FIG. 8 is an alternate embodiment of the magnet holding device shown in FIG. 7.

FIG. 9 is an alternate embodiment of the magnet holding device to allow a user to selectively choose between the repulsive configuration or the attractive configuration.

FIG. 10 is a side view of the magnet holding device shown in FIG. 9.

FIG. 11 is a top view of the magnet holding device shown in FIG. 9.

FIG. 12 is a front view of the magnet holding device shown in FIG. 9.

FIG. 13 is a cross-sectional view of the latching mechanism of the magnet holding device shown in FIG. 9 in its normal resting position.

FIG. 14 is a cross-sectional view of the latching mechanism of the magnet holding device shown in FIG. 9 in its compressed position.

FIG. 15 shows an alternate embodiment magnetic door latch mounted in a door and a doorframe.

FIG. 16 shows an enlarged view of magnetic door latch in FIG. 15.

FIG. 17 is a side view of the knob mounted recessed within a door.

FIG. 18 is a side view of the knob mounted flush onto a door.

DETAILED DESCRIPTION OF THE EMBODIMENTS

A preferred embodiment of the present invention is now described with reference to the figures, where like reference numbers indicate identical or functionally similar elements. Also in the figures, the left most digit of each reference number corresponds to the figure in which the reference number is first used. While specific configurations and arrangements are discussed, it should be understood that this is done for illustrative purposes only. A person skilled in the relevant art will recognize that other configurations and arrangements can be used without departing from the spirit and scope of the invention.

Referring to FIG. 1, an embodiment of magnetic door stop 100 is shown. A first magnet 102 having a “positive” end 104 and a “negative” end 106 is mounted on outside surface 108 of door 110. A second magnet 112 having a “positive” end 114 and a “negative” end 116 is mounted on outside surface 118 of baseboard 120. Second magnet 112 may be mounted on other structures opposing door 110 such as wall 122. When door 110 is being opened and therefore moving towards wall 122, magnetic door stop 100 may be in repulsive configuration 124 to prevent door 110 from slamming into wall 122. Repulsive configuration 124 is accomplished when the like poles of first and second magnets are adjacent to one another and thus repel one another, i.e. “positive” end 104 of first magnet 102 will repel “positive” end 114 of second magnet 112 and “negative” end 106 of first magnet 102 will repel “negative” end 116 of second magnet 112. This may be accomplished in many possible configurations, including with the magnets aligned so that they make contact with one another upon the exertion of sufficient force, or with the magnets not actually making contact with one another but rather reaching sufficient proximity for the repulsive force to act in controlling or arresting the motion of the door. Repulsive configuration 124 results in preventing door 110 from slamming against wall 122.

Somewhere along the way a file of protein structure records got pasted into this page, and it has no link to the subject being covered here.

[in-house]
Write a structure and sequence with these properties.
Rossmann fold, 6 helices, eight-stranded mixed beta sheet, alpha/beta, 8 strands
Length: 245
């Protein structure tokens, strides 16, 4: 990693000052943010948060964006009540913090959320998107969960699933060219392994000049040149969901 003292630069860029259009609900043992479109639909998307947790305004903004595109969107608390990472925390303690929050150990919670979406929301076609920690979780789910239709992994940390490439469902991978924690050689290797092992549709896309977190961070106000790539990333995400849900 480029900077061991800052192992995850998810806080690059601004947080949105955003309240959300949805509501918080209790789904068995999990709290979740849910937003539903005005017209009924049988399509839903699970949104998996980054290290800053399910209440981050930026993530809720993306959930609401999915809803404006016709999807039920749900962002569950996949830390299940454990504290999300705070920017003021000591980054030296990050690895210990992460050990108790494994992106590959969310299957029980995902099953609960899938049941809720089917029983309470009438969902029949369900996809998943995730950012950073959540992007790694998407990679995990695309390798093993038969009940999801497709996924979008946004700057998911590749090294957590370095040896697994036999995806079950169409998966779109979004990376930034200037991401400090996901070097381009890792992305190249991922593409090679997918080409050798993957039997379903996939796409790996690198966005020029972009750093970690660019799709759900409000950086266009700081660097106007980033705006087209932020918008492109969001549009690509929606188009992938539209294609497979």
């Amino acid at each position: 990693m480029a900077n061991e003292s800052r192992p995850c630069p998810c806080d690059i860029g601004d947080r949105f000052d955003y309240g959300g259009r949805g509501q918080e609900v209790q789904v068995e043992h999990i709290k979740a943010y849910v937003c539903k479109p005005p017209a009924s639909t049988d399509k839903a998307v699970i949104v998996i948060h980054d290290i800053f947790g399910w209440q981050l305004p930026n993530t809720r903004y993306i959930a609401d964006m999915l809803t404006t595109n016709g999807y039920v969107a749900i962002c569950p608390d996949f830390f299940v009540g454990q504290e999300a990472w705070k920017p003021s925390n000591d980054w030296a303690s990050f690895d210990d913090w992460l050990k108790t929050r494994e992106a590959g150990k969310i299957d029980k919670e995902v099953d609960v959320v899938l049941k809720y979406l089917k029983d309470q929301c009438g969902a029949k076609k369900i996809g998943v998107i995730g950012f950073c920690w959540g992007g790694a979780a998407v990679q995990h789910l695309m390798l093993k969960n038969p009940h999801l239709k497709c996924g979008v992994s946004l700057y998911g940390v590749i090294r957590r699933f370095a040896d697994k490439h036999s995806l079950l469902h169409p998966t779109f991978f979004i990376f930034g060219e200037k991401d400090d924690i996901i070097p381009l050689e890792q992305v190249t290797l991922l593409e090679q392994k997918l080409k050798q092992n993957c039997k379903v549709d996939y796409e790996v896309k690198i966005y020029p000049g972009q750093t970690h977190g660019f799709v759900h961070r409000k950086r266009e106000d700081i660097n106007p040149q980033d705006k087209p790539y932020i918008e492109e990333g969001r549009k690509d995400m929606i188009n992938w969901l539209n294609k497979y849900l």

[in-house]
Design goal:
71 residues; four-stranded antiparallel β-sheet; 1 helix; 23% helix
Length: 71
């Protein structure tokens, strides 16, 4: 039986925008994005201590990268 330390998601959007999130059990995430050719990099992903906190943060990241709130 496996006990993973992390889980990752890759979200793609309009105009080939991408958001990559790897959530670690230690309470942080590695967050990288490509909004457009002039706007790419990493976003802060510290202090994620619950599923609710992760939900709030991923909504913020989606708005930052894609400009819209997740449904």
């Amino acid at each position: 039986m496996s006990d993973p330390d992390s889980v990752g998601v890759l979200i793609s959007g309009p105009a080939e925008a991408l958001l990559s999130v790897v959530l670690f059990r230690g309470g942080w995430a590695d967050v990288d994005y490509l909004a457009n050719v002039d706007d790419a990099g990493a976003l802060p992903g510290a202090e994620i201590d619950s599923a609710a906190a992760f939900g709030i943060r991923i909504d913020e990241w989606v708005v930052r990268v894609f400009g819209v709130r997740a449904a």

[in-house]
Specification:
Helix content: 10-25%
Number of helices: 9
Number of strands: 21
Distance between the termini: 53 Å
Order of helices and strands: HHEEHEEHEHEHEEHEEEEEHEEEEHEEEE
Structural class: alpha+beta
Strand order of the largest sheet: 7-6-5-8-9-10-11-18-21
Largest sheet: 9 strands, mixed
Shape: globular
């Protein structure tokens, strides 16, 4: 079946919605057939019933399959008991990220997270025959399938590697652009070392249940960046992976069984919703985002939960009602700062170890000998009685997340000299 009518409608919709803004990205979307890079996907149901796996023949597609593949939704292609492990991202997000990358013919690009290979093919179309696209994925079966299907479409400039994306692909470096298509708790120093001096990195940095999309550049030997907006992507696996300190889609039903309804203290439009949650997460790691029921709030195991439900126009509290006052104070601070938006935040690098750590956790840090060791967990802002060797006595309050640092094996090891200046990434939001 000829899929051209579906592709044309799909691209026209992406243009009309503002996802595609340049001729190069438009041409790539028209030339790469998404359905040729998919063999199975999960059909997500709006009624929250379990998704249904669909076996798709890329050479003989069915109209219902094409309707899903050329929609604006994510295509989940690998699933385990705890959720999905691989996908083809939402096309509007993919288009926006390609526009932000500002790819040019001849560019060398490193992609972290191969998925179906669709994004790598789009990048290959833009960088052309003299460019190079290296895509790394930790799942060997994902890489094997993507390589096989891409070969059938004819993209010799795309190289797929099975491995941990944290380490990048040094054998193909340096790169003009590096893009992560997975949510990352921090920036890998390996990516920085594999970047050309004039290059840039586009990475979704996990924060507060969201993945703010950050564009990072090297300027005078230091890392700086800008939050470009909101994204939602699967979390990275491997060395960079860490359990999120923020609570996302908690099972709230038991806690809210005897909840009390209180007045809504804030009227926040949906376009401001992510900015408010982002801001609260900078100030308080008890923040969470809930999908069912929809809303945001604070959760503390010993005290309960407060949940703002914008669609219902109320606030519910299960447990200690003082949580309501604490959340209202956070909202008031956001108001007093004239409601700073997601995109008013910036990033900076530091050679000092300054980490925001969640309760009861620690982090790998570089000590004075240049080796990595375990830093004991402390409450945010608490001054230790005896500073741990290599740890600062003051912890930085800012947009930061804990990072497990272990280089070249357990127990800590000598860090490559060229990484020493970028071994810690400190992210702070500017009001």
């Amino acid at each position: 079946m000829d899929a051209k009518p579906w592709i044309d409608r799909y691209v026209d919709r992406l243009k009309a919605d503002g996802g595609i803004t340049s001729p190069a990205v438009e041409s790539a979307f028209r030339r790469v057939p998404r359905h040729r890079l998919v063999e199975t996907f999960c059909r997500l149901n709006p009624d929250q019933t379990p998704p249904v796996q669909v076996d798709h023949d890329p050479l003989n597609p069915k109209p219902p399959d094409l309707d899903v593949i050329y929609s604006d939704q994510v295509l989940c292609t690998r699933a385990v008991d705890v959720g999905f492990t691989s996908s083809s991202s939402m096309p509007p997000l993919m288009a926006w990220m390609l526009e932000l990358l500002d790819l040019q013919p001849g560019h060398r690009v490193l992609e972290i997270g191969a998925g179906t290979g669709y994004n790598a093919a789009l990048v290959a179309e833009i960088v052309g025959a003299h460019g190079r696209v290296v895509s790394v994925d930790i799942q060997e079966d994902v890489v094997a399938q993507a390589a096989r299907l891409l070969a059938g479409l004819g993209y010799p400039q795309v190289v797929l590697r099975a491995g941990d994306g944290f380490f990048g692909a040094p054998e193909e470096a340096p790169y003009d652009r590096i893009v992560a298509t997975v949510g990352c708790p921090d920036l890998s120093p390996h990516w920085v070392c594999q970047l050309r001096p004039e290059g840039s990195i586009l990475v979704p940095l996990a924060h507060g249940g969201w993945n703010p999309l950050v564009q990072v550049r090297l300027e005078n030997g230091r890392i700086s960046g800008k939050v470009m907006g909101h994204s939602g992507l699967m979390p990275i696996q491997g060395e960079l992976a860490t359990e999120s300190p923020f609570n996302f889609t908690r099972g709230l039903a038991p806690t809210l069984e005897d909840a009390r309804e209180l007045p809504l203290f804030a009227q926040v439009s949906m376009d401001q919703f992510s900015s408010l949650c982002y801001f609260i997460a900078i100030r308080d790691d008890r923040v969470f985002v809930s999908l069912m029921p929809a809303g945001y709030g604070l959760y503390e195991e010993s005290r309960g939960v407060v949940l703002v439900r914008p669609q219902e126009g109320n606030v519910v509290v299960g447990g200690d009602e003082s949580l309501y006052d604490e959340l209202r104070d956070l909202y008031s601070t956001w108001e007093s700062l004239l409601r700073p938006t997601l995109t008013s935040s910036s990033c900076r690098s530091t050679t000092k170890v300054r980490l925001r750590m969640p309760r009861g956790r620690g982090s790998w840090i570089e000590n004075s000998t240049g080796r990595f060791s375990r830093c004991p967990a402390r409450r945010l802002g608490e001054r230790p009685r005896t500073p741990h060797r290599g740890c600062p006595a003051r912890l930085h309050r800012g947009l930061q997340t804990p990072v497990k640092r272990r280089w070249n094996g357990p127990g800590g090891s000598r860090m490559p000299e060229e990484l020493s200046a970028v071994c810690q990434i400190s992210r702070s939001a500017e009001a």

As shown in FIG. 2, magnetic door stop 100 also can secure door 110 in an opened position by utilizing attractive configuration 226. Attractive configuration 226 is accomplished when the opposite poles of first magnet 102 and second magnet 112 are adjacent to one another and thus attract one another, i.e. “positive” end 104 of first magnet 102 will attract “negative” end 116 of second magnet 112 and “negative” end 106 of first magnet 102 will attract “positive” end 114 of second magnet 112. Attractive configuration 226 results in door 110 being held in an open position.

As shown in FIG. 3, first magnet 102 may be located within door 110 such that the outside edge 301 of first magnet 102 is flush with outside surface 108 of door 110. Alternatively, first magnet 102 may be located on door 110 such that the inside edge 403 of first magnet 102 is flush with outside surface 108 of door 110 as shown in FIG. 4. The location of first magnet 102 and second magnet 112 is not limited to the bottom left corner of door 110 and the corresponding opposing position on baseboard 120, as shown in FIG. 1. Instead, first magnet 102 may be located anywhere on outside surface 108 of door 110 and second magnet 112 may be located in the corresponding opposing position on baseboard 120 or wall 122 such that when door 110 swings open, first magnet 102 and second magnet 112 are adjacent.

As shown in FIG. 5, second magnet 112 may be located within baseboard 120 such that the outside edge 501 of second magnet 112 is flush with outside surface 118 of baseboard 120. Alternatively, second magnet 112 may be located on baseboard 120 such that the inside edge 603 of second magnet 112 is flush with outside surface 118 of baseboard 120 as shown in FIG. 6.